In an editorial published after last year’s federal election, The Australian called for The Greens to be “destroyed at the ballot box”:

“Greens leader Bob Brown has accused The Australian of trying to wreck the alliance between the Greens and Labor. We wear Senator Brown’s criticism with pride. We believe he and his Green colleagues are hypocrites; that they are bad for the nation; and that they should be destroyed at the ballot box.”

Murdoch tabloid stablemates the Herald Sun and The Daily Telegraph both hit back at Brown in their editorials this morning — telling him to harden up and expect more of the same scrutiny…

The Hun said it would cop Brown’s “bizzare attack” if that meant the paper could “get at the truth” of Brown’s plans for a carbon tax: “We are against a carbon tax and we believe it is our job to question just how how much you want to tax Australians.”

Sydney sister paper The Daily Telegraph welcomed Brown to the “real world” and said, until recently, he’d received a “dream run from the media”. That was all about to change, the Tele warned: “Welcome to real politics, Bob. If it’s too hot for you, you can always just quit.”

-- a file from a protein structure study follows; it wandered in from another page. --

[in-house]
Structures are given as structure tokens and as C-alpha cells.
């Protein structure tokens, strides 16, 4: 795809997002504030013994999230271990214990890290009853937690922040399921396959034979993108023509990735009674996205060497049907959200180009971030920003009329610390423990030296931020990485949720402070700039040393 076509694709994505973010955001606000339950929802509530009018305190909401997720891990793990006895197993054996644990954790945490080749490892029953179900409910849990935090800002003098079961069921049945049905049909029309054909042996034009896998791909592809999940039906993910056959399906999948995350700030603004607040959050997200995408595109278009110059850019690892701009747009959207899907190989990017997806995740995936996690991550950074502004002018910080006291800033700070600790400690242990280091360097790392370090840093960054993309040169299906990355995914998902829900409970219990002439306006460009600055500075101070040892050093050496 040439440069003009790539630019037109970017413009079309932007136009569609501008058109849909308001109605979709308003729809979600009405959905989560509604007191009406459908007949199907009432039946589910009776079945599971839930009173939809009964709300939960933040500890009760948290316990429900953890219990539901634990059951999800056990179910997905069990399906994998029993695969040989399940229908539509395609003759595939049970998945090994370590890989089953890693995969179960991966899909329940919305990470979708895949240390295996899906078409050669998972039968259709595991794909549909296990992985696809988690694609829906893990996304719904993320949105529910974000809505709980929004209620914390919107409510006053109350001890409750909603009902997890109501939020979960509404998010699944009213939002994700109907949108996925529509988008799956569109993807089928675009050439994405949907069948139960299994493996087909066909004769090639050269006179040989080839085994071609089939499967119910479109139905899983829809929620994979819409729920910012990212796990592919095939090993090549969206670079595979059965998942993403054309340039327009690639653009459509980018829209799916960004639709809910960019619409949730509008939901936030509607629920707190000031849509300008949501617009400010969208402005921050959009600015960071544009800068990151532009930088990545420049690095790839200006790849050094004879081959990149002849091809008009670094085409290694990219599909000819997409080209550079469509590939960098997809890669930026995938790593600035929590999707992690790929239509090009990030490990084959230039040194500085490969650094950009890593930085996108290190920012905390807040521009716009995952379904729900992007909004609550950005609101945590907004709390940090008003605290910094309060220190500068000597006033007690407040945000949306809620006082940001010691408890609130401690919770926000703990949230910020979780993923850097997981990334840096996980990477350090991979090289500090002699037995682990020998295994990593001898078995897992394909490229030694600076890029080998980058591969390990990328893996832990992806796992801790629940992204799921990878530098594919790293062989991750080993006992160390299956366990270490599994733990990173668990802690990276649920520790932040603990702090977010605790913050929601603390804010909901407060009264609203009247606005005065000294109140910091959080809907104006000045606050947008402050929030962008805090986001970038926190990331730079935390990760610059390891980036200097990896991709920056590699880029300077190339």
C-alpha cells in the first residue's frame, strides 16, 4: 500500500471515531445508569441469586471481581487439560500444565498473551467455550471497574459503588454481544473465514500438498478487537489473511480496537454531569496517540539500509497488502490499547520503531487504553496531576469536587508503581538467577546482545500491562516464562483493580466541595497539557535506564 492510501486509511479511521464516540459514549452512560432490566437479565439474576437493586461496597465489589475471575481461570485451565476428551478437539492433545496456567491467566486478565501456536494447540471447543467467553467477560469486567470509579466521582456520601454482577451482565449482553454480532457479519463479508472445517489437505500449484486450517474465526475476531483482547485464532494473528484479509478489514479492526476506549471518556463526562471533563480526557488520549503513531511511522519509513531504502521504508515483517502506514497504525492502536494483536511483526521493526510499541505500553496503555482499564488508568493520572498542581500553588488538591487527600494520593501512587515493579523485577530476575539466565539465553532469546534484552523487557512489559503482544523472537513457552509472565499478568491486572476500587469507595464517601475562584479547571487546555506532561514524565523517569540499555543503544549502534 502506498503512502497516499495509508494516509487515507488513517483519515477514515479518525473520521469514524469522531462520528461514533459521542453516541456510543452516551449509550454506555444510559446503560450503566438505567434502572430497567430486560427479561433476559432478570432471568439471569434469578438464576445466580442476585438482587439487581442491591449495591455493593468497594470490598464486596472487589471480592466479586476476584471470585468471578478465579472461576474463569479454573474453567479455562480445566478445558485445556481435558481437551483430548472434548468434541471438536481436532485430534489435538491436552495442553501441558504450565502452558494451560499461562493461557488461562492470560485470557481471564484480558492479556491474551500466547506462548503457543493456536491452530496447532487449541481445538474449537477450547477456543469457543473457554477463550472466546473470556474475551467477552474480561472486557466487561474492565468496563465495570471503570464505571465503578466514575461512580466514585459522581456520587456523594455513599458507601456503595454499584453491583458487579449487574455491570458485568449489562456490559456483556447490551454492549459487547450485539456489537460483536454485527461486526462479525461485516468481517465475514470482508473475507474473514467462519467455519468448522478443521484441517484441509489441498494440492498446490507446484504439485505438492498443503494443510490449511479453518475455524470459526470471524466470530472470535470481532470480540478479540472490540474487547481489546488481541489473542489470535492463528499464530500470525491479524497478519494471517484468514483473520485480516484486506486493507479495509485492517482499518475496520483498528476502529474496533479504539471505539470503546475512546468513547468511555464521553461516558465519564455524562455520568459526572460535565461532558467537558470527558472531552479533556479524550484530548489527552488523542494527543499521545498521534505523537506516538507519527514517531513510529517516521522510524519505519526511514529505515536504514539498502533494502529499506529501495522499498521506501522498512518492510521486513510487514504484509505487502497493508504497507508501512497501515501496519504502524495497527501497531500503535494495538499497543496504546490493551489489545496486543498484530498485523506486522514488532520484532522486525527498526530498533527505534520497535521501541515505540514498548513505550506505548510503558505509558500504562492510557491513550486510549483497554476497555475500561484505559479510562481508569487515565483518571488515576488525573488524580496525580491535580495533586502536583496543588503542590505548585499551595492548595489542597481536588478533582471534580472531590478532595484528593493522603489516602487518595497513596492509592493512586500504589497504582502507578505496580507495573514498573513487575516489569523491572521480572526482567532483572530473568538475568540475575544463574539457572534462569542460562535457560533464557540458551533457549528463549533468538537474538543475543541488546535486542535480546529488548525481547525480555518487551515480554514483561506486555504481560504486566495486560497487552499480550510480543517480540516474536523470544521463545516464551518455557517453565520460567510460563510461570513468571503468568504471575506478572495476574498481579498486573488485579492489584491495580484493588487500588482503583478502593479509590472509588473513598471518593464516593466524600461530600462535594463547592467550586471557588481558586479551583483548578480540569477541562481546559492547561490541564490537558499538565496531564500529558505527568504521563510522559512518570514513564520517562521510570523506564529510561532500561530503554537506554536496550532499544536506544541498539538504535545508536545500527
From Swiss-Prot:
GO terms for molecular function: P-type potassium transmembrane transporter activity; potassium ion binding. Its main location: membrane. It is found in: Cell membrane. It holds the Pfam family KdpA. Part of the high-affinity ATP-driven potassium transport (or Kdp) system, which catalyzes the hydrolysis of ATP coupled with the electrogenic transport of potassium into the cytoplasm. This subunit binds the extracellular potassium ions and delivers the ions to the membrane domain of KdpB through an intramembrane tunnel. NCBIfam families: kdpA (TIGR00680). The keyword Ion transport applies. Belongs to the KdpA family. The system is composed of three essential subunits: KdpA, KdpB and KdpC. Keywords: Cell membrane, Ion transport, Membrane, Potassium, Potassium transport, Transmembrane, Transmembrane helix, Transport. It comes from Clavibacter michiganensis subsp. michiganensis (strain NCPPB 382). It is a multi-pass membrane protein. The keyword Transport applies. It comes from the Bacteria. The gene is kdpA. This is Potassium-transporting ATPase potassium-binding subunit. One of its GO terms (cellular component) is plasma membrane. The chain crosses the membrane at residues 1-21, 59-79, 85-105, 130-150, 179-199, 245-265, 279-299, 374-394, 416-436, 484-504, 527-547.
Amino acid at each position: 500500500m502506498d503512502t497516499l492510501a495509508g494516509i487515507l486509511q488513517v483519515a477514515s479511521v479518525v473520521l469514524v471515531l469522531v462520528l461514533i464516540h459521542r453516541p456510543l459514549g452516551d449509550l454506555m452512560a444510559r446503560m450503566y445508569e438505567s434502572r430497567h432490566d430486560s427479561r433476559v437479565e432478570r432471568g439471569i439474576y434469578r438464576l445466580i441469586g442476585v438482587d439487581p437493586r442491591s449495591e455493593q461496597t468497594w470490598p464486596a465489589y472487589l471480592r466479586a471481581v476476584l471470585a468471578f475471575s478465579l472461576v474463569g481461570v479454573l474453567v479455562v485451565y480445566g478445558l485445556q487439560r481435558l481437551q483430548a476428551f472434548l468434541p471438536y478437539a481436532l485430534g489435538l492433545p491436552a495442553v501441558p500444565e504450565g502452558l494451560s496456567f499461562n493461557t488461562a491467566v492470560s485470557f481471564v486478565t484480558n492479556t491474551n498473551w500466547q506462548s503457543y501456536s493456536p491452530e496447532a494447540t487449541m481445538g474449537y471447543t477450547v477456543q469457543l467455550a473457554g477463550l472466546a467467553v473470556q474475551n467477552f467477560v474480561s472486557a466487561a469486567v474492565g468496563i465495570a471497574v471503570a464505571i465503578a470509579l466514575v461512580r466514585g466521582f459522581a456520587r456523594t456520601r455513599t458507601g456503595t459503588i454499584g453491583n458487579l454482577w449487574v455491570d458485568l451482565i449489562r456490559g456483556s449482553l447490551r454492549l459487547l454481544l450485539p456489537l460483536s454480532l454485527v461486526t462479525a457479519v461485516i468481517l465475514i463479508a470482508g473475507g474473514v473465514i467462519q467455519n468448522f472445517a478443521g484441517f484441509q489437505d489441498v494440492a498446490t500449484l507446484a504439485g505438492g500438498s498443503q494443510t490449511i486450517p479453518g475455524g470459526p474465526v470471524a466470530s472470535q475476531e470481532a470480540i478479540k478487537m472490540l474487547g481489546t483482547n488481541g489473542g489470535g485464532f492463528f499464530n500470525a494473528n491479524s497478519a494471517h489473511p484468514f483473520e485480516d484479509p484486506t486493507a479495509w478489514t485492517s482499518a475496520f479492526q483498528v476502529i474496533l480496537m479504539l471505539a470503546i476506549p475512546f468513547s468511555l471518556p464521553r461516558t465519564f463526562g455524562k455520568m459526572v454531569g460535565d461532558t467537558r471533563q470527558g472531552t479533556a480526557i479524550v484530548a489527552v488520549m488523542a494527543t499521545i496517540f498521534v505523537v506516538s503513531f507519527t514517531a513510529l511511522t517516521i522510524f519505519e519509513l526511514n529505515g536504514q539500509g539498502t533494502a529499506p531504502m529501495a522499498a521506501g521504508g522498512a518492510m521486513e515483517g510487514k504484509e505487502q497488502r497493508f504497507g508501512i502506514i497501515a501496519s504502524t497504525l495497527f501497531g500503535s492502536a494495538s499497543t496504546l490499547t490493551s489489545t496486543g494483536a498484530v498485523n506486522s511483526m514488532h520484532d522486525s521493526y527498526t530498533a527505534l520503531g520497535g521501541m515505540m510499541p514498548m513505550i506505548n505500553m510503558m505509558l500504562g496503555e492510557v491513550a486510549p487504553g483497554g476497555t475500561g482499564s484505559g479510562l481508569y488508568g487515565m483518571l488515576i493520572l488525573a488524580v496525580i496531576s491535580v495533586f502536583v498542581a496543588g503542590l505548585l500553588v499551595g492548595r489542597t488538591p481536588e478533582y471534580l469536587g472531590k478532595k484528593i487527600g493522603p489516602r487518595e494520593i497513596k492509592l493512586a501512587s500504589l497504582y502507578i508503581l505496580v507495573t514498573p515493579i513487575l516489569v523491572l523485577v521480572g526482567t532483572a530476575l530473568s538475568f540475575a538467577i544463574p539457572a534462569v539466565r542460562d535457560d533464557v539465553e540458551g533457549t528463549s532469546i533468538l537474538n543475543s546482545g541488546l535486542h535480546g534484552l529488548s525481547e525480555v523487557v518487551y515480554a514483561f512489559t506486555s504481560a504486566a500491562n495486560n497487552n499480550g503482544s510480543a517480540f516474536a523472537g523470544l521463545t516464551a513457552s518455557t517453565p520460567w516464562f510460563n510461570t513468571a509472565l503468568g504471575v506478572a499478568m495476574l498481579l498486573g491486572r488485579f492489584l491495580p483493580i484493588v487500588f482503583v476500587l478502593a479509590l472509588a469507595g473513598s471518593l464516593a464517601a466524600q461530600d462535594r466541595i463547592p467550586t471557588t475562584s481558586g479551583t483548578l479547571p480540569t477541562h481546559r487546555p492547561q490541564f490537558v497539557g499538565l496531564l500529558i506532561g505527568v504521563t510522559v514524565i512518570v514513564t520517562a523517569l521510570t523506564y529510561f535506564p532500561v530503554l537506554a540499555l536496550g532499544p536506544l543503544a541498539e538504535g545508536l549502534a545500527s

Andrew Bolt on his blog said Brown’s comments amounted to a media “meltdown” and his “obsession” with attacking News Limited was “unnerving”. The Australian‘s Media diarist Caroline Overington noted that Bob Brown had the nerve to slam the press “in French, no less” (emphasis hers).

On its op-ed pages, The Australian‘s Dennis Shanahan said the broadside was evidence the Green’s leader is under pressure:

“For the first time the Australian Greens’ leader is being treated just as he has always wanted to be, as the leader of a mainstream political party. Unfortunately, it’s not quite turning out as he had hoped.”

Hugh Riminton from Channel Ten asked the Greens grandfather figure at the presser yesterday whether his stinging words amounted to a change in tactics, to which the Senator responded in the affirmative:

“I’m being very much on the front foot here because I think the media, with some very good exceptions, can at times lose track of the fact that it’s part of the process of moving Australia into a much more secure future with a more secure lifestyle, economy and job creation prospects.”